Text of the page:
These workflow dashboards give business managers at-a-glance views of all the workflows they are responsible for. Dashboards can let help desk managers get a summary view of how many trouble tickets are in the queue, how long tickets have been waiting to be assigned, or how many have been resolved.
Workflow Best Practices
The most challenging aspect of implementing a workflow is not setting it up and configuring states, transitions and policies. Rather, it’s the business analysis you need to do ahead of time to understand how your processes really work, what they accomplish, who is involved in those processes at each state, and the polices or rules that need to be established to govern those processes.
With this is mind, whether you leverage standard or Advanced Workflow in Novell Teaming, there is a best-practice order to follow when creating workflows:
- Understand the process – Interview everyone involved
- Design your workflow on paper first – Write down all your states, transitions, requirements for transition, and any variables or questions that may be needed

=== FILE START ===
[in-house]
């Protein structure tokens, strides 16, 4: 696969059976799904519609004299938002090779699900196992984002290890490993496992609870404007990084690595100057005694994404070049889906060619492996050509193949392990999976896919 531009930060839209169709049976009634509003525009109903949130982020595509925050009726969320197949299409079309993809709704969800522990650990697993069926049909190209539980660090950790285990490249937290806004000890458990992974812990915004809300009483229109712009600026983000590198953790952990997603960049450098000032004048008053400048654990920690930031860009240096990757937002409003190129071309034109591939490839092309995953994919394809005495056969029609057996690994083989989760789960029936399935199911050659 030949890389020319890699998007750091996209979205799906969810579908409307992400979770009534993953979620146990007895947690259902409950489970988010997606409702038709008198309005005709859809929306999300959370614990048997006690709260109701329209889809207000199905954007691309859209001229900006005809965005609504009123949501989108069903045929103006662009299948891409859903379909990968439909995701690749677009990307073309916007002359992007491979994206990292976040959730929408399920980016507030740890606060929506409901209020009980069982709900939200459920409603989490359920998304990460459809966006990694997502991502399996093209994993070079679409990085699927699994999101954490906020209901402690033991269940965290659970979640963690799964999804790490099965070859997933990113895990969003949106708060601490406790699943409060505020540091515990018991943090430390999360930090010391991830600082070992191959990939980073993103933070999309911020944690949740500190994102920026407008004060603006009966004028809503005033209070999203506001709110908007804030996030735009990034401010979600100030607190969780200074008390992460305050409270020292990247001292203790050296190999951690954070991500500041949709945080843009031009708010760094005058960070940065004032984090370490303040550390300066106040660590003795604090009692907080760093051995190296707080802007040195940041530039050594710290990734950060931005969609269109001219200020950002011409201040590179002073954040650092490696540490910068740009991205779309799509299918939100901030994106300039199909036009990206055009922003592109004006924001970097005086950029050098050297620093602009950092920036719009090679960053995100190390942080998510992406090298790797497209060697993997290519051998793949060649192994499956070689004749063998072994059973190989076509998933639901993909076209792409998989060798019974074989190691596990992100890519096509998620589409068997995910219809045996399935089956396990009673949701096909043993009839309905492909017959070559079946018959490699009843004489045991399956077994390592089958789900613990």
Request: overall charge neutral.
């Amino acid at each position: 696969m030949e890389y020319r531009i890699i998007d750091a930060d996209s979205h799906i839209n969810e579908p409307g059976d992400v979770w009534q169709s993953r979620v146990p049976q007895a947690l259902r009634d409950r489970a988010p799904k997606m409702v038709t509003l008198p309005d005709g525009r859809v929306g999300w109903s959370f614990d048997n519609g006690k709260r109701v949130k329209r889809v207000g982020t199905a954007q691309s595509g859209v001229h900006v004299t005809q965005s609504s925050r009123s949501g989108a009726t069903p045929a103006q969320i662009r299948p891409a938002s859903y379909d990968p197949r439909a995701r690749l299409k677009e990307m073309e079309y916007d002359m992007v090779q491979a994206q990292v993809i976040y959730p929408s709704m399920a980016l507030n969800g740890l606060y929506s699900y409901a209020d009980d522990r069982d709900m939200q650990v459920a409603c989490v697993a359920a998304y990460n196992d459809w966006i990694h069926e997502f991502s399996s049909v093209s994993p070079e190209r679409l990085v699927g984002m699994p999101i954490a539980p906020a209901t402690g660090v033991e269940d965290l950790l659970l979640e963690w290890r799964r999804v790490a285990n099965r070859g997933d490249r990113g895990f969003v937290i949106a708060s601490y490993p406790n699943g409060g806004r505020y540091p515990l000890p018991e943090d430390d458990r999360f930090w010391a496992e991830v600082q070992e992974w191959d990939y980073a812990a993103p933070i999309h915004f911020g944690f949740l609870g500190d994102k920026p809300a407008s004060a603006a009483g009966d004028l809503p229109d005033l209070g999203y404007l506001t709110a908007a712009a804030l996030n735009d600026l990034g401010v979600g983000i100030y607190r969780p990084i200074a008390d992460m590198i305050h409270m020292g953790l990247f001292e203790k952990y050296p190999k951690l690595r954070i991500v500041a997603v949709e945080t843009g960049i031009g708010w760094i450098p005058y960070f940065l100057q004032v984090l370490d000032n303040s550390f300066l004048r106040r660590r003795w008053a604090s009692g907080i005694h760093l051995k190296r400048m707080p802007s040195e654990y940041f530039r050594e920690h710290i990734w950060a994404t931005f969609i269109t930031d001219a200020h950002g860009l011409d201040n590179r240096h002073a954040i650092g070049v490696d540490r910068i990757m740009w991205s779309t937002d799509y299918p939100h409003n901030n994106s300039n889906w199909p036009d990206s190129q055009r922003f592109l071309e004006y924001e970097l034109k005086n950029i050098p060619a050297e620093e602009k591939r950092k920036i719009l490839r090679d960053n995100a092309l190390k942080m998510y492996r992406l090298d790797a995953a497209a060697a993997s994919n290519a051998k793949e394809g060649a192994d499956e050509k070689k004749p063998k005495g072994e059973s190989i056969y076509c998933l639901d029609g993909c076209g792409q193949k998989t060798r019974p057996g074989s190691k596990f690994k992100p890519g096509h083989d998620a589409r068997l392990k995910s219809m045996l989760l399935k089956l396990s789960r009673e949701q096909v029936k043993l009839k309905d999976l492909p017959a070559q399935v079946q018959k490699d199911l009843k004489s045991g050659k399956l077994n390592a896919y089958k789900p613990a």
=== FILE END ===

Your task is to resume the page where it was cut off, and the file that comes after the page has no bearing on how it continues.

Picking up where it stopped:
- Create all your states
- Create all your transitions
- Design your entries
Even though you might be responsible for designing a workflow, chances are you probably aren’t as familiar with the process as you’d like to be. In fact, there might not be a single person in your entire organization that knows the whole process. So, you’ll need to interview everyone along the process chain to understand what’s involved in their portion of the process, where the process goes next, and under what circumstances the process should move to one state or another. You need to understand what makes the process succeed and what can make it fail.